Objective: Comorbid psychiatric disorders have been associated with poorer disease outcomes in diabetic youth. Less is known, however, about the relationship between psychiatric disorders and repeat hospitalizations for youth with diabetes.
Research design and methods: We performed a retrospective cohort study using data from the Pediatric Health Information System, which included detailed discharge data from 37 non-competing children's hospitals in the U.S. Using logistic regression, we examined whether the presence of coded diagnoses for internalizing or externalizing disorders at an index hospitalization for diabetes was associated with increased risk for rehospitalization during follow-up (duration of follow-up ranged from 3 to 24 months). The analysis was stratified by age-groups, and we controlled for potential confounders including sex, age, race/ethnicity, type 1 versus type 2 diabetes, Medicaid status, intensive care unit utilization, length of stay during index admission, and duration of follow-up.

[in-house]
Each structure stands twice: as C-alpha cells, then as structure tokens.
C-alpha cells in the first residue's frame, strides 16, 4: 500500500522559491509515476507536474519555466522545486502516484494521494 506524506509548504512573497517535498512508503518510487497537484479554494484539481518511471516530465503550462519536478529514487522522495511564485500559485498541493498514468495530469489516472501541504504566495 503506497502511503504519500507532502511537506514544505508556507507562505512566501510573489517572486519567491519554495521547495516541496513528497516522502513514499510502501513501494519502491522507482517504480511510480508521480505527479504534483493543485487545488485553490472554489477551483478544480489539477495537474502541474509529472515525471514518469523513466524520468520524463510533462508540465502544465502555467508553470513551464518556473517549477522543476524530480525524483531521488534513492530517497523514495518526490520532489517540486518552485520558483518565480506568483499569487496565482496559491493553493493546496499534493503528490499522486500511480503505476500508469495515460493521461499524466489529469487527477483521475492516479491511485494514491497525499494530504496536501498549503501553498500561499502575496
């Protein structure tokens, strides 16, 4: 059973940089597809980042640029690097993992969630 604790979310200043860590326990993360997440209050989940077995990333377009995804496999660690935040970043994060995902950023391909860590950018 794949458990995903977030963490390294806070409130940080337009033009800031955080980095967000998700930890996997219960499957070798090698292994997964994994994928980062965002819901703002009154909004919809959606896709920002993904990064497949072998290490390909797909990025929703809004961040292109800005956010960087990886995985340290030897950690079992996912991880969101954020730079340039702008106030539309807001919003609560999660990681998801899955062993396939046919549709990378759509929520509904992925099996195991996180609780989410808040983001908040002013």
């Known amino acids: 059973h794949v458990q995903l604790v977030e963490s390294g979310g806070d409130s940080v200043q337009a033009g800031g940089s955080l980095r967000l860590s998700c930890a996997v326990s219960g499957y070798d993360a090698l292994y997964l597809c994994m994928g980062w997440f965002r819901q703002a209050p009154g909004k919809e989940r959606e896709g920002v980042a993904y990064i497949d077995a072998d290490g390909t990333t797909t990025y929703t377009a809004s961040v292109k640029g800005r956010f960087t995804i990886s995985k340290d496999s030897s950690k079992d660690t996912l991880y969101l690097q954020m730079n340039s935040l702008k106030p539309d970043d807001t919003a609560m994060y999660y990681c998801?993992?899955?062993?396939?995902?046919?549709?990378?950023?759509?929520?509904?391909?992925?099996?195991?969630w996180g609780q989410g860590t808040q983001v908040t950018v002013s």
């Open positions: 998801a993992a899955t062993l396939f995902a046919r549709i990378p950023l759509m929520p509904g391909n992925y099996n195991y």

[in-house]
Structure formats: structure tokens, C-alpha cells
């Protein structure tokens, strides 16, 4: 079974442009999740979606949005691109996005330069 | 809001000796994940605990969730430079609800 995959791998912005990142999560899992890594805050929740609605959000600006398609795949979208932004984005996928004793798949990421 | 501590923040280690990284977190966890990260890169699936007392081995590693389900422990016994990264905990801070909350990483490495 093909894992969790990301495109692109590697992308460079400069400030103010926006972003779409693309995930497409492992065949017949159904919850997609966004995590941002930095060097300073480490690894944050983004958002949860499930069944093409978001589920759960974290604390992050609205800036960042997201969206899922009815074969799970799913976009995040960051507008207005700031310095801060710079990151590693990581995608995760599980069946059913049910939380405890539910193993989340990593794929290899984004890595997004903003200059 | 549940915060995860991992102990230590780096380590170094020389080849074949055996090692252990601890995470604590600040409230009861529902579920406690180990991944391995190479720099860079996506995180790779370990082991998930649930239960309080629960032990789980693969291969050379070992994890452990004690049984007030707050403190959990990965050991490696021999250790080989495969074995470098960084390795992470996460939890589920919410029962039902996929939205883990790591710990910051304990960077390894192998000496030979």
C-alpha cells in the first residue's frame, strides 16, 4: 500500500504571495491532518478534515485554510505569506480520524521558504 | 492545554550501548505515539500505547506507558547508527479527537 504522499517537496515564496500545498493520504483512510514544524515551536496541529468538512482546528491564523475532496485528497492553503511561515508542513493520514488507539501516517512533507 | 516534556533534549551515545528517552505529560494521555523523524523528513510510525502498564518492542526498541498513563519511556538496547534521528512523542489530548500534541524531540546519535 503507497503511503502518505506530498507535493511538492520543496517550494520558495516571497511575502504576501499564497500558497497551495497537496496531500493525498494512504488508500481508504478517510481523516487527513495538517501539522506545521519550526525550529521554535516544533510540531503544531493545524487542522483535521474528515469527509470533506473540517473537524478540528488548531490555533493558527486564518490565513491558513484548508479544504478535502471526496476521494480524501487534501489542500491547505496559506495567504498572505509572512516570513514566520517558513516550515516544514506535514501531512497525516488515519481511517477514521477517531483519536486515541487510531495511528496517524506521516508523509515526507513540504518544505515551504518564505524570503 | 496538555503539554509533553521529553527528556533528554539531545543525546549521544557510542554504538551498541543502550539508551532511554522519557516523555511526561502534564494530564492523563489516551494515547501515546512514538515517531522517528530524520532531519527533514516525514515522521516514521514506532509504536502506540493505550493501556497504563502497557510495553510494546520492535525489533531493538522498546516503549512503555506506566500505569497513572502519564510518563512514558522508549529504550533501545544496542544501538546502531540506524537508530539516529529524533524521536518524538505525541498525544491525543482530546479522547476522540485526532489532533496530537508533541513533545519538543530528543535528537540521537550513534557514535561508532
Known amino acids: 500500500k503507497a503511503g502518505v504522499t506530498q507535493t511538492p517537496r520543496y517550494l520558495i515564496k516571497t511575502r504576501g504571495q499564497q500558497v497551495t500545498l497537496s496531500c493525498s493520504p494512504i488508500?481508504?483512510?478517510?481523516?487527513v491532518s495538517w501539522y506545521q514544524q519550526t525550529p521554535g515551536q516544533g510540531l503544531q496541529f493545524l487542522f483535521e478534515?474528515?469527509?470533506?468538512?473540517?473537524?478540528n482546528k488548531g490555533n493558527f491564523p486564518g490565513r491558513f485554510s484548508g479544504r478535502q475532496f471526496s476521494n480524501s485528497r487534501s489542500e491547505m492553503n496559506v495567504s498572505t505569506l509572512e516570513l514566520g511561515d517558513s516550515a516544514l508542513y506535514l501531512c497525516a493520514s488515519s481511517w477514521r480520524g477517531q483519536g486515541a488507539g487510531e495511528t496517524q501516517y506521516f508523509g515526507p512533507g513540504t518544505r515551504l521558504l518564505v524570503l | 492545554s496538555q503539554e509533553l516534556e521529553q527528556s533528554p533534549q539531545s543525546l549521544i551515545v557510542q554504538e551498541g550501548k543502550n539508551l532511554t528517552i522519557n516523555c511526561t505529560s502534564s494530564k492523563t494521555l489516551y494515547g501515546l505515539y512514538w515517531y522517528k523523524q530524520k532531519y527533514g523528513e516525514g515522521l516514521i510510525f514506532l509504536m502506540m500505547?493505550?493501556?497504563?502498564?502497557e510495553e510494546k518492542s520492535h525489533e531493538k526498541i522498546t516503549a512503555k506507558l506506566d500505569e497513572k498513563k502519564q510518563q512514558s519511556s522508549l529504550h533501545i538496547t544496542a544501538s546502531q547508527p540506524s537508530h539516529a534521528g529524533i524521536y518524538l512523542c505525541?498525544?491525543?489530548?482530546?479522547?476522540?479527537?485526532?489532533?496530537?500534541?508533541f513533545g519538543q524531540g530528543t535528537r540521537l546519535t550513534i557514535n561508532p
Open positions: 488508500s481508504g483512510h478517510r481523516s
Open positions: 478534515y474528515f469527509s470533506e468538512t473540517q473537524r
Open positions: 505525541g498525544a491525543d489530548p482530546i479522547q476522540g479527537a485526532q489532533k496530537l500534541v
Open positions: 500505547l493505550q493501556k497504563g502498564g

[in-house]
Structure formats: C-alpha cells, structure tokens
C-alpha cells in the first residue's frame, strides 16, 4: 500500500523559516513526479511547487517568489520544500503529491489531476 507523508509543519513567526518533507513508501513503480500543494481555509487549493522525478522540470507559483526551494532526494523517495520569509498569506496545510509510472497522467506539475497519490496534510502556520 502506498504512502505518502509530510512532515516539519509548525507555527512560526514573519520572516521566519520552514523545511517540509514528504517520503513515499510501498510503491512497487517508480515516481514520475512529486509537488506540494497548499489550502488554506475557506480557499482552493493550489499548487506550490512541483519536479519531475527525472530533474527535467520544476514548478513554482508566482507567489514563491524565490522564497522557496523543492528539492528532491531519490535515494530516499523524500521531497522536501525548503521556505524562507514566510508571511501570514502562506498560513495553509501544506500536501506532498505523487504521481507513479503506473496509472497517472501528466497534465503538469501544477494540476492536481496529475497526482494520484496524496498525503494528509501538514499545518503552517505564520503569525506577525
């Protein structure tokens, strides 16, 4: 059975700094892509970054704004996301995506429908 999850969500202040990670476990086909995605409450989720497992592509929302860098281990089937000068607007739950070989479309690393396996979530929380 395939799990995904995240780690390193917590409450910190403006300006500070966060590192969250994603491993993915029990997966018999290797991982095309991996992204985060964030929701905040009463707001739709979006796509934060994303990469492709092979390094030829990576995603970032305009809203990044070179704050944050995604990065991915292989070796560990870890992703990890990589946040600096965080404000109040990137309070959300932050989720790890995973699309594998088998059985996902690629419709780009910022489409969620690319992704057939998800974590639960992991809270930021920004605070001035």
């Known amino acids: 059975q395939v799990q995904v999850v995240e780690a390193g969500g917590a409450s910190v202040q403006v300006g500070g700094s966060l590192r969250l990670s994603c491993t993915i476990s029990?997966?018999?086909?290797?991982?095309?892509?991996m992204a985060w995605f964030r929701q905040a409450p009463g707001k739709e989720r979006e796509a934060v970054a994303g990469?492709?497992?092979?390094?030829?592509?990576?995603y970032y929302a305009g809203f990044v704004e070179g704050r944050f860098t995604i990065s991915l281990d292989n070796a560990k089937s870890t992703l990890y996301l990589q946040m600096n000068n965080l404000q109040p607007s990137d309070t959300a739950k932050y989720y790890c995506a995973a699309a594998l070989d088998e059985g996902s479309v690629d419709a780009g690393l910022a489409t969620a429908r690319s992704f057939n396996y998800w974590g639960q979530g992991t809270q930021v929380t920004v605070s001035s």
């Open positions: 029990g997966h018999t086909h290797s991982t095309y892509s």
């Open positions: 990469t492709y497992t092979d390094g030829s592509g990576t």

Results: Among adolescents aged 13-18, internalizing disorders were associated with significantly increased odds of rehospitalization (odds ratio 1.79 [95% CI 1.27-2.52]); the point estimate for externalizing disorders was similar, but the finding was not statistically significant at the alpha = 0.05 level (1.74 [0.96-3.15]). No significant association between psychiatric diagnoses and odds of repeat hospitalization was observed in diabetic children aged 5-12 years.
Conclusions: Internalizing disorders are associated with increases in repeat hospitalizations for diabetes among adolescents. Future research is needed to explore the reasons for this finding, such as degree to which treatment nonadherence mediates this relationship and whether appropriate treatment of internalizing disorders results in improved diabetes outcomes and decreased readmissions.